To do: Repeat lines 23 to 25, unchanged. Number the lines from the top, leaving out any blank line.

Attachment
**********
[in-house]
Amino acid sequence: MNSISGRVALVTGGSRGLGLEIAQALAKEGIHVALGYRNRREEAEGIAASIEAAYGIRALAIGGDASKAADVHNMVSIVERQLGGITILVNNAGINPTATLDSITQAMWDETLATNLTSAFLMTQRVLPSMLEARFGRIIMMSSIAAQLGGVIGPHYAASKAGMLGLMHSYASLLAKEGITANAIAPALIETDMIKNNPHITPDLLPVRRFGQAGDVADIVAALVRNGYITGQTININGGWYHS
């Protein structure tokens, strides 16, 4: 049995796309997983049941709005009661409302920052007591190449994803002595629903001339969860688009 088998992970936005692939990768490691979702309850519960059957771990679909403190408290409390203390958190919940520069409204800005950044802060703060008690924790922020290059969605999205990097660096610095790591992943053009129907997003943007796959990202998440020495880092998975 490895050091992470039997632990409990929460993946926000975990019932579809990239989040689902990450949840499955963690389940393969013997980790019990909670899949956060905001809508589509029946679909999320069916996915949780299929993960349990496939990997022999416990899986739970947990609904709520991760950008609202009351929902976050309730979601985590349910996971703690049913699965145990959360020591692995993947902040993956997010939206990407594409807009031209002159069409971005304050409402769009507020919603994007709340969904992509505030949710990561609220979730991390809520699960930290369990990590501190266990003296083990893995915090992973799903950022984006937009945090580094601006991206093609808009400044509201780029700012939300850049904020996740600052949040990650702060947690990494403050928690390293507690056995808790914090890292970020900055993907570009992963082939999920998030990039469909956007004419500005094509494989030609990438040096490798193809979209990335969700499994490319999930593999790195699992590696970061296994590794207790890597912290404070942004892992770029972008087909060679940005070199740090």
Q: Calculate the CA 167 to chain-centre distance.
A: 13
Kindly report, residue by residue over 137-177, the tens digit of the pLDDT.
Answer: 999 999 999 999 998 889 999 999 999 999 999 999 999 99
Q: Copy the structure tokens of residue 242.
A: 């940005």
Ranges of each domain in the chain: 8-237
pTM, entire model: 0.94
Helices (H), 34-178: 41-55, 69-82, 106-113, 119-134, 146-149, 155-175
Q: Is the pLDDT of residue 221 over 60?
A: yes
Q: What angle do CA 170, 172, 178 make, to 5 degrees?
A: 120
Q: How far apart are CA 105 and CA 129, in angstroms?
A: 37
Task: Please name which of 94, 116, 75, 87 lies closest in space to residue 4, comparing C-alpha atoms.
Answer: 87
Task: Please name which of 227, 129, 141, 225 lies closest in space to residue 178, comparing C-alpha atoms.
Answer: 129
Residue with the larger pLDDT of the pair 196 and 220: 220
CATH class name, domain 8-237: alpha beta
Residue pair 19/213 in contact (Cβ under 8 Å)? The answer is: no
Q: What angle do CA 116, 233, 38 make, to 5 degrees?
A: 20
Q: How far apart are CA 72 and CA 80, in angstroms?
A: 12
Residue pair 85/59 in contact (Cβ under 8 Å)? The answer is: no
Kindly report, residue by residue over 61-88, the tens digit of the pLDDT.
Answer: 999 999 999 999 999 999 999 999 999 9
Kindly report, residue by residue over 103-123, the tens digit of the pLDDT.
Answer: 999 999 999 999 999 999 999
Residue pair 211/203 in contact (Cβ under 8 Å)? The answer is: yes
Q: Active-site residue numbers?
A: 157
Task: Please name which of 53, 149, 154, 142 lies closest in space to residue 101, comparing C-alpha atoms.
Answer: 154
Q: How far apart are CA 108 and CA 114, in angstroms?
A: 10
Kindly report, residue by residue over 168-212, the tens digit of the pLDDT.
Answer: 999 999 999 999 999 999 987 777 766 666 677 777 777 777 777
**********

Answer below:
Residue with the larger pLDDT of the pair 196 and 220: 220
CATH class name, domain 8-237: alpha beta
Residue pair 19/213 in contact (Cβ under 8 Å)? The answer is: no